Partial Labyrinthectomy Petrous Apicectomy Approach to Neoplastic and Vascular Lesions of the Petroclival Area Laligam N. Sekhar, M .D ., David A. Schessel, M .D ., Ph.D., Sorin D. Bucur, M .D ., Jair L. Raso, M .D ., Donald C. Wright, M .D. Departments of Neurological Surgery (LNS, S D B , JLR, D C W ) and Surgery (DAS), George Washington University M edical Center, Washington, District of Colum bia OBJECTIVE: To study the value of an improvement of the presigmoid petrosal approach to the petroclival area by the addition of partial labyrinthectomy and petrous apicectomy and to document hearing and other results. METHODS: Thirty-six consecutive patients treated by this technique during a 2-year period were studied prospec­ tively. The lesions treated included 33 petroclival neoplasms (25 meningiomas, 5 chordomas, 1 chondrosarcoma, 1 trigeminal schwannoma, and 1 epidermoid cyst) and 3 vertebrobasilar aneurysms. The patients underwent clinical, radiological, and neuro-otological examinations. RESULTS: There was no perioperative mortality. Cranial nerve deficits involving Cranial Nerves III, IV, V, and VI occurred in 17 patients (4 7 % ) postoperatively. Cerebrospinal fluid leak occurred in 12 patients (3 3 % ). Four of these patients were treated by lumbar drainage, two patients were treated by lumboperitoneal shunt, and six patients required reoperation and repacking of the middle ear. Hydrocephalus occurred in five patients (1 3 .9 % ). There was one case of meningitis and another of systemic sepsis. All 36 patients underwent postoperative audiometric evaluation. W hen serviceable hearing was present preoperatively (Gardner-Robertson Grades I or II), it was determined to be preserved at postoperative follow-up in 81 % of the patients (26 of 32 patients). CONCLUSION: The partial labyrinthectom y petrous apicectom y approach provided improved access to neoplasms of the clivus and petrous apex and the posterior cavernous sinus area and to vertebrobasilar...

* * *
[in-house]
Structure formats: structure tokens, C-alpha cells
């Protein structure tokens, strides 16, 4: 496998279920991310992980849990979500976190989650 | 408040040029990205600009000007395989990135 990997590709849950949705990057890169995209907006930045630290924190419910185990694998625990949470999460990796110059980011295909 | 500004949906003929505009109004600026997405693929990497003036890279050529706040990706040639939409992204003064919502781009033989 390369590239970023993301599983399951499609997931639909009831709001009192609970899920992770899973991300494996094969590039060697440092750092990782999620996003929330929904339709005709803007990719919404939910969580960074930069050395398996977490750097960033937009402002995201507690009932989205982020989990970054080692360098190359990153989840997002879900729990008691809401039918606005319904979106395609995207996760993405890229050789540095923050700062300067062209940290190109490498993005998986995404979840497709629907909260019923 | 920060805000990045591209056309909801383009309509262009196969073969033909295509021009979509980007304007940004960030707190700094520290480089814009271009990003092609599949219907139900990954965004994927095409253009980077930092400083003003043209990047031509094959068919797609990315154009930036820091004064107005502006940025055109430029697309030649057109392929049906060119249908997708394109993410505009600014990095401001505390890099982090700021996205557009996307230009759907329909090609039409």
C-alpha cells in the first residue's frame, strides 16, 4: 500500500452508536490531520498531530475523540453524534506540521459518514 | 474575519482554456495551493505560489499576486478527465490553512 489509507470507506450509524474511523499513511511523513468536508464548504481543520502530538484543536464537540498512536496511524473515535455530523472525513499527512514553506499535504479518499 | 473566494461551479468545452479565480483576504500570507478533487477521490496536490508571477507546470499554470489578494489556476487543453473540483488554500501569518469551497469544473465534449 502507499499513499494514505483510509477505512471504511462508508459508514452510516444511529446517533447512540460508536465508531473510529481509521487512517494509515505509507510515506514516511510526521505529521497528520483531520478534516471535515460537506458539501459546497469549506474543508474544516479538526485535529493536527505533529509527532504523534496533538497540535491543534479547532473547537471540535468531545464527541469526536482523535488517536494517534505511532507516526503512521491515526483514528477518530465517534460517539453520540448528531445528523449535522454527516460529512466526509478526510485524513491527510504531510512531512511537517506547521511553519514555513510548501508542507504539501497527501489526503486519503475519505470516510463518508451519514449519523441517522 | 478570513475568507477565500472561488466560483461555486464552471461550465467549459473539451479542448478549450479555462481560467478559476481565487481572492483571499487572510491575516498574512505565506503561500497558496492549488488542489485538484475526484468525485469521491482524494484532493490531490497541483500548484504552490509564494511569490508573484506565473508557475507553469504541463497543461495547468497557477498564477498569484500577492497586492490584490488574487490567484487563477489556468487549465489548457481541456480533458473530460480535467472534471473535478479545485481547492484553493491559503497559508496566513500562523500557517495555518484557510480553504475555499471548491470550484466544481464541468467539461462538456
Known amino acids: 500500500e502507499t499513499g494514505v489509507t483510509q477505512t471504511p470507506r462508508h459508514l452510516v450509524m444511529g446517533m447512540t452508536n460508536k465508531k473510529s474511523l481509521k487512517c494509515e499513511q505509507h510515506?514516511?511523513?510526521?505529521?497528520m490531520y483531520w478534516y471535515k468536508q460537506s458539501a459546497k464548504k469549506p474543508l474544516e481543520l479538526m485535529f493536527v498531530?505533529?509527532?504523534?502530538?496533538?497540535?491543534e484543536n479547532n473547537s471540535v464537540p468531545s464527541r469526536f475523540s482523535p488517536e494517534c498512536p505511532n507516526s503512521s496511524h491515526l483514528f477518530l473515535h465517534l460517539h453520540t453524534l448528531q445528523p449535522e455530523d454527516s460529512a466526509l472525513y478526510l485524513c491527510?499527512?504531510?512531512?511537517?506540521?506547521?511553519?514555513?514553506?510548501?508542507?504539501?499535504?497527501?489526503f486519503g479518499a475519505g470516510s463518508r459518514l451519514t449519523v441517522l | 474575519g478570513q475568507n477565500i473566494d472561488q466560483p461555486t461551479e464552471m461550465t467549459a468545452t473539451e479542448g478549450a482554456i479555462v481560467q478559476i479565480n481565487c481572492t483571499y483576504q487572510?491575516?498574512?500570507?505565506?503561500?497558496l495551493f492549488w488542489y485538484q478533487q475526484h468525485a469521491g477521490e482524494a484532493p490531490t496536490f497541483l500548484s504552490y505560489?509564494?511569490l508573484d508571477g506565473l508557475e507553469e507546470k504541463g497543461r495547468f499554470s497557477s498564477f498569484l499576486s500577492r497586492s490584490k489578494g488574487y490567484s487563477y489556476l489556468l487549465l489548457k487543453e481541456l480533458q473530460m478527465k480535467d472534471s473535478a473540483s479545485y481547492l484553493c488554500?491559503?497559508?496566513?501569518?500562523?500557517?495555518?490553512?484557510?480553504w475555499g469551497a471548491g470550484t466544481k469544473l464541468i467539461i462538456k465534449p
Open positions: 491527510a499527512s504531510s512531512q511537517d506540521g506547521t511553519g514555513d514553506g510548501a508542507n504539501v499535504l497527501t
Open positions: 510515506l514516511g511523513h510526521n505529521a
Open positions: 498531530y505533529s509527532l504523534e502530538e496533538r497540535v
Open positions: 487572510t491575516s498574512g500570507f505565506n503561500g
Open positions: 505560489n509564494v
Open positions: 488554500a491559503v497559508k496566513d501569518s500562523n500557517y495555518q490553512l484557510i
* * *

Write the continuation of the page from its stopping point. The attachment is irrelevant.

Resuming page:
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Publisher
Congress of Neurological Surgeons
Copyright
© Published by Oxford University Press.
ISSN
0148-396X
eISSN
1524-4040
D.O.I.
10.1097/00006123-199903000-00060
Publisher site
See Article on Publisher Site

Abstract

AbstractOBJECTIVE:To study the value of an improvement of the presigmoid petrosal approach to the petroclival area by the addition of partial labyrinthectomy and petrous apicectomy and to document hearing and other results.METHODS:Thirty-six consecutive patients treated by this technique during a 2-year period were studied prospectively. The lesions treated included 33 petroclival neoplasms (25 meningiomas, 5 chordomas, 1 chondrosarcoma, 1 trigeminal schwannoma, and 1 epidermoid cyst) and 3 vertebrobasilar aneurysms. The patients underwent clinical, radiological, and neuro-otological examinations.RESULTS:There was no perioperative mortality. Cranial nerve deficits involving Cranial Nerves III, IV, V, and VI occurred in 17 patients (47%) postoperatively. Cerebrospinal fluid leak occurred in 12 patients (33%). Four of these patients were treated by lumbar drainage, two patients were treated by lumboperitoneal shunt, and six patients required reoperation and repacking of the middle ear. Hydrocephalus occurred in five patients (13.9%). There was one case of meningitis and another of systemic sepsis. All 36 patients underwent postoperative audiometric evaluation. When serviceable hearing was present preoperatively (Gardner-Robertson Grades I or II), it was determined to be preserved at postoperative follow-up in 81 % of the patients (26 of 32 patients).CONCLUSION:The partial labyrinthectomy petrous apicectomy approach provided improved access to neoplasms of the clivus and petrous apex and the posterior cavernous sinus area and to vertebrobasilar aneurysms in the midclival area. This improvement in access permits more controlled and thorough treatment of these lesions, with reduced brain retraction and acceptable morbidity with respect to auditory function.

Journal

NeurosurgeryOxford University Press

Published: Mar 1, 1999